Please go down two posts for the original report on our first experiment -- thanks!
As mentioned in the post reporting the results of our initial microgravity tests, the Mark II Menticulator will require a more sophisticated method of deploying a nicely sized sphere of soda. My initial thought was to use a water balloon, but an afternoon of sweaty testing on the back porch lead to the discovery of several serious problems with this approach.
The first is that when the balloon ruptures, friction between the skin of the balloon and the water results in significant spray, some of which is clearly fast enough to overcome the surface tension of the water (and remember, the soda will have a lower surface tension because of the sweetener and other ingredients). If some of this spray coats the camera port, we may not be able to see the reaction. I did multiple tests with different balloon sizes and tensions, and even coated the inside of the balloon with oil, in an attempt to reduce the spray, with no real change in the results.
But an even more serious problem is that unless the balloon is under a significant amount of tension, it will either not puncture at all, or the puncture will not propagate! If this happens in flight, we will experience a total menticulation failure and the entire experiment will be ruined.
So it was back to the drawing board (I have an ACME drawing board, the same brand Wile E. Coyote uses). I had to come up with a method of simply and smoothly deploying the soda. When I'm faced with a problem like this, I like to sit in the workshop and idly play with the various parts and tools that I have available. What I'm looking for is relationships between things that will spark a connection. After a while, this idea came to me.
The initial idea was to use a balloon inside the soda bottle to force the soda out of the bottle and up a tube into the apparatus. I already had the tube -- the Geysertube that Steve Spangler sent to me earlier in the year. I drilled out a hole in it so I could insert some plastic tubing, inserted a bit of copper tubing into the end of the tubing to stiffen it, ziptied a balloon onto the end, and stuck the other end into a hiking bota-bag, which acts as the bellows. A little hot-glue and tape sealed everything up.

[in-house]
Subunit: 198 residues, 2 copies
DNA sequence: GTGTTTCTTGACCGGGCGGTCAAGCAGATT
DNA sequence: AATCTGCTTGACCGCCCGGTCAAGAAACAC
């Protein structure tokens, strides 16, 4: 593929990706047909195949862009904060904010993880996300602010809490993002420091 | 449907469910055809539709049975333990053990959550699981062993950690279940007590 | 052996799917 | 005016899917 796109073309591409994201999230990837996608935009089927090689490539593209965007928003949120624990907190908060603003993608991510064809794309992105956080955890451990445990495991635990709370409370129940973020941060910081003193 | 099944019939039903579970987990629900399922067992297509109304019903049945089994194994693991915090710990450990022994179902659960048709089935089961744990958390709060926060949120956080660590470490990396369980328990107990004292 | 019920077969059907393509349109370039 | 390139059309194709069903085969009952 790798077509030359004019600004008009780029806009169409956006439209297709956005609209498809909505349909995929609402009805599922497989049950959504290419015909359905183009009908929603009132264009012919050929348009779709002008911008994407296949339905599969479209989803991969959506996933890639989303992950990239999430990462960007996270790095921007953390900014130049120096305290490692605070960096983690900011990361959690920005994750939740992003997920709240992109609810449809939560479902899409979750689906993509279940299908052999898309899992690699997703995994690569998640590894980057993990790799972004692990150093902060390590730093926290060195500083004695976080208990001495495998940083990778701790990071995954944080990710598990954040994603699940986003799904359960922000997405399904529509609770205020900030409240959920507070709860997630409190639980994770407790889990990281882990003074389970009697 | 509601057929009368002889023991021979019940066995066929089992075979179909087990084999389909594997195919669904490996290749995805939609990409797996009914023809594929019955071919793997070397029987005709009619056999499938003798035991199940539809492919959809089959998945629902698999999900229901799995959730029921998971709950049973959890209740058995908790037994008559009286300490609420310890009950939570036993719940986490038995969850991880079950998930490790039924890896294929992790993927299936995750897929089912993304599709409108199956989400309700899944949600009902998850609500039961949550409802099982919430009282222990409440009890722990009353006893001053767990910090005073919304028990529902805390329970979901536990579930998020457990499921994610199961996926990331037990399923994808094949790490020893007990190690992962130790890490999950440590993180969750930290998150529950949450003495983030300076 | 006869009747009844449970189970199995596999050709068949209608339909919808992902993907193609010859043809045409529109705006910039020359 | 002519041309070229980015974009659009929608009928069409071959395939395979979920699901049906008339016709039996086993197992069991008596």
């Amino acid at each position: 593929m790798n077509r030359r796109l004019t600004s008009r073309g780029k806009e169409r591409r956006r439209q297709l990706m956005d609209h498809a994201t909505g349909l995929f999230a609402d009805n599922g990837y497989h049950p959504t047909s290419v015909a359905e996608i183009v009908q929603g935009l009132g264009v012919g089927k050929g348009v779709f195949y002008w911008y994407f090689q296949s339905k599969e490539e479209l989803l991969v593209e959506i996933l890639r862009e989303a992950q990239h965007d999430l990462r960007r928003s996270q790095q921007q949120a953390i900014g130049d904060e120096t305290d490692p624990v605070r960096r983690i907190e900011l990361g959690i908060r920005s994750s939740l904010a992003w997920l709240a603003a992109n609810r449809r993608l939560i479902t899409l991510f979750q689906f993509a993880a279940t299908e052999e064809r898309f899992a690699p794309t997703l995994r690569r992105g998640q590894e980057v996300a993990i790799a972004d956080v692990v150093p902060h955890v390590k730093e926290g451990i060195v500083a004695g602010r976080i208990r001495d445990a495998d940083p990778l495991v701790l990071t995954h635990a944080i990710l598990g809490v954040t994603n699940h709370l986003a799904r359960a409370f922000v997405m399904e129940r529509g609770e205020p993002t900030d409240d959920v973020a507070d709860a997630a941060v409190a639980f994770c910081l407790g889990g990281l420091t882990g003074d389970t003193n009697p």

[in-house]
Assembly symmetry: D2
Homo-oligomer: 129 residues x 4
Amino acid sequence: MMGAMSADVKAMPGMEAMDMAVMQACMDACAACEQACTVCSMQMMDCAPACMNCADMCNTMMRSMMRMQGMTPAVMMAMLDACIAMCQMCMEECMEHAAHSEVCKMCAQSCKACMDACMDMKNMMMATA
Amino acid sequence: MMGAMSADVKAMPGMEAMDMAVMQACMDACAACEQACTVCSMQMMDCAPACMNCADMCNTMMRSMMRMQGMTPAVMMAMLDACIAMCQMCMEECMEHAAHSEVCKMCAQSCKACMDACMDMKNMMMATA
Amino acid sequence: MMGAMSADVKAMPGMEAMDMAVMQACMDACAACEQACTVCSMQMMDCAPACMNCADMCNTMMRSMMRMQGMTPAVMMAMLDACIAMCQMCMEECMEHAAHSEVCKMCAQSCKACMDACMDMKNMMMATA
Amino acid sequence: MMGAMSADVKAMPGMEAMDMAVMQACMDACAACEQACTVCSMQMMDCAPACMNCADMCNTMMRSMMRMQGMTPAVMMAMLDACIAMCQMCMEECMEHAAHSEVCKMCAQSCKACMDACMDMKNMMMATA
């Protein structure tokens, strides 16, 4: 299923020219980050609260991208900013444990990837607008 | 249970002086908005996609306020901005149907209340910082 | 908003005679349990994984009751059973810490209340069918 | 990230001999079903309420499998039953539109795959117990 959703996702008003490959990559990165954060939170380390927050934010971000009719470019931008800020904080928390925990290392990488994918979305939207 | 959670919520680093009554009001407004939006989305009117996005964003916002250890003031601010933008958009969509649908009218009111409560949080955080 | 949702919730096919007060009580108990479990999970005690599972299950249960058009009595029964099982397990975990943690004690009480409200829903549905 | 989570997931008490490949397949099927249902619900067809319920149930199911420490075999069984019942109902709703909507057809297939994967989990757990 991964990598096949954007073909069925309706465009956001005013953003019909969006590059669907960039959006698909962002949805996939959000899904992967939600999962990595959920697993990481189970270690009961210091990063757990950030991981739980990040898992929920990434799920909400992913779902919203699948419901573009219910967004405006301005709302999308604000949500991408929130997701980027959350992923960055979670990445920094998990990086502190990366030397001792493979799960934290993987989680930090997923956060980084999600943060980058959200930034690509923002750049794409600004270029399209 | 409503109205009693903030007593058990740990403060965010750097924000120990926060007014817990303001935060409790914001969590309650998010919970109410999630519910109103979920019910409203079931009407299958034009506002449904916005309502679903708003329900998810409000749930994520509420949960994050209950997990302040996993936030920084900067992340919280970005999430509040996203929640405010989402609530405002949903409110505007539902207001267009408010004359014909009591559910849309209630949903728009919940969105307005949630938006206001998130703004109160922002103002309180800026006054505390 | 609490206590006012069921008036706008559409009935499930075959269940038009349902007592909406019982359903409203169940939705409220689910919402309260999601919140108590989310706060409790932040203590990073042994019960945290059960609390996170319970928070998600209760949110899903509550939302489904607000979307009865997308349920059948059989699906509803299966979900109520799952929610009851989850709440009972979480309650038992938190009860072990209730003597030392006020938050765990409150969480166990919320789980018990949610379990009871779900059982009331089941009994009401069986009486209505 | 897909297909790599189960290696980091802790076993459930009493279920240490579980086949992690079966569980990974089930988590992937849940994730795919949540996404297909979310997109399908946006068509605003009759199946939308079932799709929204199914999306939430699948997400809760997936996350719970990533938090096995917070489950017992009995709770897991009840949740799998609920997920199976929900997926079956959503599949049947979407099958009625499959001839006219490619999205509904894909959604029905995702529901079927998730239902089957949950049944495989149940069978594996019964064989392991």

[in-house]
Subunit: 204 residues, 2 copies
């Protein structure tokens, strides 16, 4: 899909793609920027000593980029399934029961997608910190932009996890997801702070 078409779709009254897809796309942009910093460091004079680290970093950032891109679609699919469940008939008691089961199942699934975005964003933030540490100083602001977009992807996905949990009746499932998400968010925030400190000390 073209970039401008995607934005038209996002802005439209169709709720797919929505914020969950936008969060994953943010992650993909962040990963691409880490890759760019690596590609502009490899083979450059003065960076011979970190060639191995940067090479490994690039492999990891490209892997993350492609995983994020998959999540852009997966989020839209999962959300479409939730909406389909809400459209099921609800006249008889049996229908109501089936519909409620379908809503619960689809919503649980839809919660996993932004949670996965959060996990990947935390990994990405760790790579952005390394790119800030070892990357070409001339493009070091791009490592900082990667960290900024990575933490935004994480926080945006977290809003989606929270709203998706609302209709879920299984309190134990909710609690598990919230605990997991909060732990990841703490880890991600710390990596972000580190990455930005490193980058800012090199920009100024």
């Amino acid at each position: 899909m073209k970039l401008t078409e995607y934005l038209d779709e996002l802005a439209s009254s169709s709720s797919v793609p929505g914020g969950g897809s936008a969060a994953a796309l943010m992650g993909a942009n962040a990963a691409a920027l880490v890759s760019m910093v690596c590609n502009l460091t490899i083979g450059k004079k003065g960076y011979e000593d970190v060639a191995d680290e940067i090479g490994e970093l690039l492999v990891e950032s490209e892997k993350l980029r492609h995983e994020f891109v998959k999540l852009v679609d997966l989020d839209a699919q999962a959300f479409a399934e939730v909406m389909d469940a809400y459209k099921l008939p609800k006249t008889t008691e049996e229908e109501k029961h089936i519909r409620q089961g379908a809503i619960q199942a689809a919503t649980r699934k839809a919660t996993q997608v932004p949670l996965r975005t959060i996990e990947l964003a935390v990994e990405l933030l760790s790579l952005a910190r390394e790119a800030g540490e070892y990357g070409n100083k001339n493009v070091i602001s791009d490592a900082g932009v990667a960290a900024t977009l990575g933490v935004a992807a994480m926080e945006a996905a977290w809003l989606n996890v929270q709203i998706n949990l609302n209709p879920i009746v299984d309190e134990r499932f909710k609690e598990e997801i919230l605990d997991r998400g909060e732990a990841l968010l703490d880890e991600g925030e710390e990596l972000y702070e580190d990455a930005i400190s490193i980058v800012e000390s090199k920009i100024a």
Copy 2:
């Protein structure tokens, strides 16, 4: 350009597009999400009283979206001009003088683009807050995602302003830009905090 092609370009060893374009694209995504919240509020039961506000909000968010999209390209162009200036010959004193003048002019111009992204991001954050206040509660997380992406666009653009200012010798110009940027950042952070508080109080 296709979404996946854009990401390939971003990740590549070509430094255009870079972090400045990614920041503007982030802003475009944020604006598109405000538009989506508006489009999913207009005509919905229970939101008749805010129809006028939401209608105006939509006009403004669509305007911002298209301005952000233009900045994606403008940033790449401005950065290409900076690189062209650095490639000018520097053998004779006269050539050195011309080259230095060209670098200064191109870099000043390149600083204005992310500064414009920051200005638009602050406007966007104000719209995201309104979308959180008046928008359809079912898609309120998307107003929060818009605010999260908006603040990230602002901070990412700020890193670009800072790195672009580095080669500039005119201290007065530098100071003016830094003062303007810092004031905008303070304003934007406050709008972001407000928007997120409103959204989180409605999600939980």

Squeeze the bag, the balloon inflates, and liquid is forced up the tube in a reasonably controlled manner (this test had a leak, thus the bubbles).
Okay, so now I've got a basic method of deploying the soda sphere. The next thing to work on is, once I have the sphere deployed, how do I test the convection hypothesis in a manner that leaves no room for doubt about the results, and is as simple and foolproof (always a plus when I'm involved) as possible.
I'm also looking for a more precise method of pumping up the balloon than the bota bag (which was just the cheapest thing I could find that would work reasonably well). Something like a really, really big industrial syringe (500-1000ml!) would be perfect, but I haven't been able to find one yet -- if you know of something that might work, in particular something that's effectively self-locking, so after I get the bubble to the right size, I can just let go and the balloon will stay its current size, let me know!
Subsequent to these experiments, the blog got slashdotted, and I started getting lots of suggestions. One that I'm definitely going to follow up on in the near future is a modification of Ger's suggestion about a box of cola; my current thinking is to build a thin enclosure that will confine the convective flow pretty much to two dimensions.